Sports dome on city’s horizon

Evanston may soon play home to an indoor sports dome.

Evanston City Council members on Monday placed on the fast track William Kindra and Randall Mayne’s plans to construct a 60-foot sports dome and 67,660 square foot indoor recreation facility, at 2454 Oakton St.

Aldermen waived the usual introduction period for the ordinance, giving the applicants permission to move forward.

The facility, to be called the Evanston Sports Dome, would be located on 2.6-acre property to the rear of the vacant Gordon Food Market.

The proposal calls for a “weather–protected sports field [artificial turf] … divided into multiple fields and can operate year round, with daily hours of operation, 6 am,, to midnight,” said city officials about the proposal.

Kindra and Mayne said they’re likely looking at a 2015 opening date.

Because the dome is deemed a mechanical temporary structure, it must be closed a period of 48 hours per year to allow for Fire Service inspections, officials said.

A 2,660 square foot building will stand beside it, housing several offices, a check-in desk, concession stands and a party room, but will not have full locker rooms, according to the proposal.

Local soccer enthusiasts have long talked about the lack of an indoor, all-year facility in Evanston, forcing players and families to travel north to Highland Park and beyond, or into Chicago, for practices and competition.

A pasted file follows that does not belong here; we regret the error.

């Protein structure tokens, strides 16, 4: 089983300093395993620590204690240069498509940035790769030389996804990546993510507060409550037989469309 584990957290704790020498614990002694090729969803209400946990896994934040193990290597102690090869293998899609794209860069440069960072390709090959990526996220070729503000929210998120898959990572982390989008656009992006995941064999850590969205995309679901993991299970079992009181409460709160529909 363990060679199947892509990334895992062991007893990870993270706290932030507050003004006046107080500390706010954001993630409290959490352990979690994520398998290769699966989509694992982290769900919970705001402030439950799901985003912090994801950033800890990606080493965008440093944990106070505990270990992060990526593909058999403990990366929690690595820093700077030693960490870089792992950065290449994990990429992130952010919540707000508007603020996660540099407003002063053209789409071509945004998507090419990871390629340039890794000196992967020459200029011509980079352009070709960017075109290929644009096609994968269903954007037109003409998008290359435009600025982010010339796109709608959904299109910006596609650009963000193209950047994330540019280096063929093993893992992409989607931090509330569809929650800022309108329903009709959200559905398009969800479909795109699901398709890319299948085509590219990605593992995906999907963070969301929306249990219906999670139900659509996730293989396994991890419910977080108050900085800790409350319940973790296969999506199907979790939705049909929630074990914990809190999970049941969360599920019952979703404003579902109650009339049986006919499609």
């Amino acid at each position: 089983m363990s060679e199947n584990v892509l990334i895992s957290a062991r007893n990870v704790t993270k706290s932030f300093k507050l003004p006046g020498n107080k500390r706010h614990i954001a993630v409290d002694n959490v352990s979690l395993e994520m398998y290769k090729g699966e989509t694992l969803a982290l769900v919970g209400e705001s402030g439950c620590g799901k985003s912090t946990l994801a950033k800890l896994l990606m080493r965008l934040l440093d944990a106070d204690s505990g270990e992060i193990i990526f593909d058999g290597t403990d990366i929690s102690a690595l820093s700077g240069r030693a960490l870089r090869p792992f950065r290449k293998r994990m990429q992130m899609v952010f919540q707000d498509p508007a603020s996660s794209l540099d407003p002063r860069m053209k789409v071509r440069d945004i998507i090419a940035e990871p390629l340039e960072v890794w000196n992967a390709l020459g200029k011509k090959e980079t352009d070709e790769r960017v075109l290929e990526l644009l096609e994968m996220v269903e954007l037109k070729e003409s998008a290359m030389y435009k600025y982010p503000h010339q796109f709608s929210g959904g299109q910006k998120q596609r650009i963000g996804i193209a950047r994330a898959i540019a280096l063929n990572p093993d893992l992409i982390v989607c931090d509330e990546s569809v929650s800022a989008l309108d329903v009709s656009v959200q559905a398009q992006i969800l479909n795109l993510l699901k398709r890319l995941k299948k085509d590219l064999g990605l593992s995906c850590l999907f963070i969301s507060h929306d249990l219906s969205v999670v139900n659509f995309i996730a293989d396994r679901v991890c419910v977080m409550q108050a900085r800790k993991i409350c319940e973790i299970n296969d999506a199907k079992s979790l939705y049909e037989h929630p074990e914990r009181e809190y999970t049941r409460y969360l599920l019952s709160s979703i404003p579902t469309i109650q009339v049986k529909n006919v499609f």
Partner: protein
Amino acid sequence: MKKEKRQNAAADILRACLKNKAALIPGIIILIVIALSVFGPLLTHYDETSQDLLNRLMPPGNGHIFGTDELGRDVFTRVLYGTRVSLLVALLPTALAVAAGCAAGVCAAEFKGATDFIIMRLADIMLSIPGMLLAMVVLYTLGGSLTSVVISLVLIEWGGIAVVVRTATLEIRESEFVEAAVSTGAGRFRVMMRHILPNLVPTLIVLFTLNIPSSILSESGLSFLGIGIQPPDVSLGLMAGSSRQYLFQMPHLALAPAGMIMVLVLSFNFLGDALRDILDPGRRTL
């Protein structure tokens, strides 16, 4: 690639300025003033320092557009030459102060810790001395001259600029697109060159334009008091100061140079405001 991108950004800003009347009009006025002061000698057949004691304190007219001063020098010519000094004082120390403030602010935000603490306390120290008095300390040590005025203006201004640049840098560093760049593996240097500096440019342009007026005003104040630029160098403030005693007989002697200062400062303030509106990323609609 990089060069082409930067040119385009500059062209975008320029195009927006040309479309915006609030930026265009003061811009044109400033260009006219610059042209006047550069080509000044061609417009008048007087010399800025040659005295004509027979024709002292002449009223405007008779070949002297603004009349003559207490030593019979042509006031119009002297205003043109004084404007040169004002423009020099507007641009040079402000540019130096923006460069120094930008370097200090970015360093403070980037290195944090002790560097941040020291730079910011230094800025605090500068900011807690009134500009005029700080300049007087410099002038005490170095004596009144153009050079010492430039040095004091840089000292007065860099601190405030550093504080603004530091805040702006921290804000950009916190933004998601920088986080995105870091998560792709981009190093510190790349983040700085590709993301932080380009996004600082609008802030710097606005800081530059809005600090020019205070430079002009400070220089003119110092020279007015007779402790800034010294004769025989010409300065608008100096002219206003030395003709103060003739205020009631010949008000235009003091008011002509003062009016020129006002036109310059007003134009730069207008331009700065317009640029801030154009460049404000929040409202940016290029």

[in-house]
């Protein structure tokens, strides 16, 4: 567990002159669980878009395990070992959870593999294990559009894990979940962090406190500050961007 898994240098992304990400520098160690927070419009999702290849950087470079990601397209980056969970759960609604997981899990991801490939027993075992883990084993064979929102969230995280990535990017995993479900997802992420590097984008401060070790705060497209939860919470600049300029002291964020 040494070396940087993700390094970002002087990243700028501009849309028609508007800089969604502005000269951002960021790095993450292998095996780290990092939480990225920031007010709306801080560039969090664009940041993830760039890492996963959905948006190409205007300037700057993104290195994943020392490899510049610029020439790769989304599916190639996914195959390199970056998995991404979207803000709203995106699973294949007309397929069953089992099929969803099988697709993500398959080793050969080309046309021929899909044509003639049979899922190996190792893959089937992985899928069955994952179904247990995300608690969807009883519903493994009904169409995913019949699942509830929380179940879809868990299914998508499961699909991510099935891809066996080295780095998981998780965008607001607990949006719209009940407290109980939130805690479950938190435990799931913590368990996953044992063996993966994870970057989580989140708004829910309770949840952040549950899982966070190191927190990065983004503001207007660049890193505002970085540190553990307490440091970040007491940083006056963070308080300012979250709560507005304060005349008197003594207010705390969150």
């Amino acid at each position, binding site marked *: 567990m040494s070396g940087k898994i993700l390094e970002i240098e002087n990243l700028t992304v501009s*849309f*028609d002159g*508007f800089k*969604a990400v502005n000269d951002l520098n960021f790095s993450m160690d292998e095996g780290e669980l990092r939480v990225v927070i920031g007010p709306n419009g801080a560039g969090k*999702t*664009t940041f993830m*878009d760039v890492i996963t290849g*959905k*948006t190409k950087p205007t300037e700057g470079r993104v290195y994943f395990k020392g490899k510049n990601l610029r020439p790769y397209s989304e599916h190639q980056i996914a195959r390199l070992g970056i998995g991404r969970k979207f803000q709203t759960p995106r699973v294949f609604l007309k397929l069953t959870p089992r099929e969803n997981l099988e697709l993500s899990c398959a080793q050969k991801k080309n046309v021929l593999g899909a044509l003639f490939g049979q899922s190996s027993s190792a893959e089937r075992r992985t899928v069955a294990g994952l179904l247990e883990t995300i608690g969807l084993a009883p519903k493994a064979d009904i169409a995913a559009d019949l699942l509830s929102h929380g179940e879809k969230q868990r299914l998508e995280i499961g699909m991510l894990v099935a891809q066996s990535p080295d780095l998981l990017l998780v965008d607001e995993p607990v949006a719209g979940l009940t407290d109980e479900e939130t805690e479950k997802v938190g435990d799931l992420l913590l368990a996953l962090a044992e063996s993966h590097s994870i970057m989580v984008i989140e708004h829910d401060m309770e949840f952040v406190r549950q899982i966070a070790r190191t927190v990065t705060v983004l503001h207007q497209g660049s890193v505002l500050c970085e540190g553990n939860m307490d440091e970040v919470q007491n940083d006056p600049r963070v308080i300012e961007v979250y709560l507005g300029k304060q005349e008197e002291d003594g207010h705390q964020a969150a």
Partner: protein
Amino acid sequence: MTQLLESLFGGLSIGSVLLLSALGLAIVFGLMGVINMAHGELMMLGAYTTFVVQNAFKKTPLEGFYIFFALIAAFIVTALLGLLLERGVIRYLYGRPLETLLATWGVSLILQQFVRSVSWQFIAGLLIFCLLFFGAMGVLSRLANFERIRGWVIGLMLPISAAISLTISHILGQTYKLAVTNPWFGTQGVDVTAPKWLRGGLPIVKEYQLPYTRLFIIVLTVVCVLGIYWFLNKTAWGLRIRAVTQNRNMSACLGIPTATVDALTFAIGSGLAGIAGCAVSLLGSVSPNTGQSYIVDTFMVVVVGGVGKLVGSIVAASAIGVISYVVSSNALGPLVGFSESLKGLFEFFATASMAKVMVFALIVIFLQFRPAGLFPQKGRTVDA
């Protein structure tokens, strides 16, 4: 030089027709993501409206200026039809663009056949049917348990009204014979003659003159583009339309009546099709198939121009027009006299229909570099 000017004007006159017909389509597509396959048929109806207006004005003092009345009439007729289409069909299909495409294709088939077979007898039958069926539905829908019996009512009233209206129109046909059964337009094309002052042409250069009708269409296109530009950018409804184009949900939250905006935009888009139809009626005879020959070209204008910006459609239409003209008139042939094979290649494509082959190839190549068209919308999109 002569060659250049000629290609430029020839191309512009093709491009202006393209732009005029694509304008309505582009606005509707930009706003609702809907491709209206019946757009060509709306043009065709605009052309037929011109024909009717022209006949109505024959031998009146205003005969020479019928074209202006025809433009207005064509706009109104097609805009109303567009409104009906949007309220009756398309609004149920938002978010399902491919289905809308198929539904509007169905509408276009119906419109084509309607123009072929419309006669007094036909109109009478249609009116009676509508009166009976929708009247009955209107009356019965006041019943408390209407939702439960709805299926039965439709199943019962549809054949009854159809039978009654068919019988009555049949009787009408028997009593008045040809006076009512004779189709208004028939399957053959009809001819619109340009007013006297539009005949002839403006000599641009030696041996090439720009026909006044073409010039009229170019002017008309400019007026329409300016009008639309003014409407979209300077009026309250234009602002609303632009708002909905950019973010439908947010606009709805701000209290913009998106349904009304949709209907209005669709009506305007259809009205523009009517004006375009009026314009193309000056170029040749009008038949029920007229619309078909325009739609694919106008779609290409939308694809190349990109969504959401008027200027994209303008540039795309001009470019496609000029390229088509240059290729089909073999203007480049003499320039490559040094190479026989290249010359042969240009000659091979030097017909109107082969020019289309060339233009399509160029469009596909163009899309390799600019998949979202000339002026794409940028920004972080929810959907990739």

“This facility will keep families within Evanston,” Kindra said. “This is a great facility for both youths and adults which is much needed in the city of Evanston,” he said, following approval Monday.

“We’re really excited,” said Mayne, adding that now the work begins.

Earlier this year, Team Evanston opened up a facility at 2025 Dempster St. in a one time medical warehouse, but this would be the city’s first bonafide sports dome.

The city’s Plan Commission earlier issued a favorable recommendation of the proposal, approving allowances of 60 feet height compared to 45 feet which is required; and 76 parking spaces compared to 131 required under zoning.

Officials also hinged approval on the applicants meeting a number of conditions, including, completion of an environmental remediation of the site; completion of construction of a sidewalk on the north side of Oakton St.; the conducting of a traffic study,after the facility is open, with the results to be furnished to the city for any traffic signal adjustments.

In addition, the applicant is to provide a 15 percent discount for all programming activities to all Evanston residents; and shall also provide scholarships for disadvantaged youth and young adults, similar to a system used by the city.

The site, previously home to a steel plant, is contaminated, officials said. The applicant will have to provide a “No Further Remediation Action Necessary” (NFR) letter prior to issuance of the final occupancy permit,they said.

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